The publication is organised into three different sections. The first part the foundations of the relationship between Spain and the EU since Spain’s accession almost 40 years ago. In chapter 1, Charles Powell briefly explores the historical meaning of this relationship and its evolution, in order to identify its main characteristics and highlight the most conspicuous continuities and ruptures that have occurred during this time. Chapter 2, authored by Raquel García Llorente, analyses the origin of the Europeanism that has characterized the European policy of Spain’s political parties, as well as of governments of different ideological persuasions. In chapter 3, José Pablo Martínez studies the favourable nature of Spanish public opinion towards the integration process, although these attitudes have fluctuated and suffer from a lack of knowledge about the EU. Chapter 4, by Ignacio Molina, brings the first section to a close and considers the institutional framework of Spain’s membership of the EU, paying attention both to the constitutional clause which makes this possible (Article 93) and to one of the defining features of the Spanish state model: the territorial organization into Autonomous Communities.

The second section of the paper analyses different dimensions of the development and coordination of Spain’s European policy, and is written by Raquel García Llorente and Ignacio Molina. Its first chapter examines Spain’s participation in the European Council through the prime minister, whether acting individually in defence of a national position or through alliances with other Member States, taking into account the wide margin of action that the figure of the prime minister has in the Spanish political system. The second and third chapters of this section analyse the coordination of European affairs within the government and the state administration, distinguishing between two levels: domestically (where the SEUE plays the leading role) and in Brussels (which revolves around the REPER). The fourth chapter addresses whether the presence of Spaniards in European institutions forms part of an ecosystem of national influence. This second section of the policy papercloses with a final chapter on the role of the Spanish parliament, which is one of the parliaments of Member States with the least involvement in national position-setting.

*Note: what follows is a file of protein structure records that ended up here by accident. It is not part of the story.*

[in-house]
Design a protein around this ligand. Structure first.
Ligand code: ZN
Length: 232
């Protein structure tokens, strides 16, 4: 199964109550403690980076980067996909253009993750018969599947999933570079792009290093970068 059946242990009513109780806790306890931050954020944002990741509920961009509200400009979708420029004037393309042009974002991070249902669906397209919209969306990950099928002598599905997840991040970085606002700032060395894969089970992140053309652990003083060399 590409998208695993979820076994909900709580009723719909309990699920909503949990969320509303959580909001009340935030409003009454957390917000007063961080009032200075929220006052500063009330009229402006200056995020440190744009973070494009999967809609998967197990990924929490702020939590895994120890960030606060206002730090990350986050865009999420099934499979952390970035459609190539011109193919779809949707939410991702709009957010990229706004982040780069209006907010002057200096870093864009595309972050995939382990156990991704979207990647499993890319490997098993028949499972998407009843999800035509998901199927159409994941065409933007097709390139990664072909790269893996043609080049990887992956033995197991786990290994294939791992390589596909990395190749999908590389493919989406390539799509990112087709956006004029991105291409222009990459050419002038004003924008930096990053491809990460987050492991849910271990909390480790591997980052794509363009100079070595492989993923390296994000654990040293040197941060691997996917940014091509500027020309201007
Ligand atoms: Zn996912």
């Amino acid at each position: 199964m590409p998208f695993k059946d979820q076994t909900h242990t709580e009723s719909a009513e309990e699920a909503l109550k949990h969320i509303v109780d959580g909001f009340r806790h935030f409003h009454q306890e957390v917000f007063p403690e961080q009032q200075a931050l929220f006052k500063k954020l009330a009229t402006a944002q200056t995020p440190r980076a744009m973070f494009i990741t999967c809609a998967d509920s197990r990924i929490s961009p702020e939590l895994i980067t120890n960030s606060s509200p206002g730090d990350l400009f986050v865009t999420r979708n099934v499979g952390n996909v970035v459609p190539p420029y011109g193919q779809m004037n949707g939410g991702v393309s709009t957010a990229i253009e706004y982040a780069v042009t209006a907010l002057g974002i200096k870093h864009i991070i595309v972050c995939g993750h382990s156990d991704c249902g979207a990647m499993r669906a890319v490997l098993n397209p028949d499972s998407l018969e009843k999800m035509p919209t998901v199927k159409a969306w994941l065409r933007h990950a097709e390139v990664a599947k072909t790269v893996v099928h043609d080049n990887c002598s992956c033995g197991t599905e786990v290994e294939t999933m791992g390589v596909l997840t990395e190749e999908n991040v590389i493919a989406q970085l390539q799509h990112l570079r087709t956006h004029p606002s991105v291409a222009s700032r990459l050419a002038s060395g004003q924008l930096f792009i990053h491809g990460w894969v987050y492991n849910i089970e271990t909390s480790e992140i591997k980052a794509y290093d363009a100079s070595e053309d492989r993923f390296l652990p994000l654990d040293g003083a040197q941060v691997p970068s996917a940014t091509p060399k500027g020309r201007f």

The third and final section addresses the substantive priorities of Spain’s European policy from the perspective of the Elcano Royal Institute’s ten research axes and has been prepared by the entire research team. This follows the order in which these axes are organised within the Institute: (i) globalization, development and governance; (ii) challenges to peace and international security; (iii) democracy, rights and citizenship; (iv) climate and energy transition; (v) economic transformations and technology; (vi) the future of Europe; (vii) Latin America, a global actor; (viii) the rise of China, the USA and the new world order; (ix) challenges and opportunities in the neighbourhood; and (x) influence and image of Spain          .

Although the two coordinators of the work are responsible for its limitations and errors, it is a collective effort, which has benefited from contributions from the entire research team at the Elcano Royal Institute. It has also benefited from the information provided in various interviews with stakeholders and has received the support of the ‘Hablamos de Europa’ programme of the Secretary of State for the European Union.

Raquel García Llorente and Ignacio Molina

Image: Detail of the inauguration of the decoration of the Spanish Presidency of the Council of the EU (4/7/2023). Photo: European Council / ©European Union.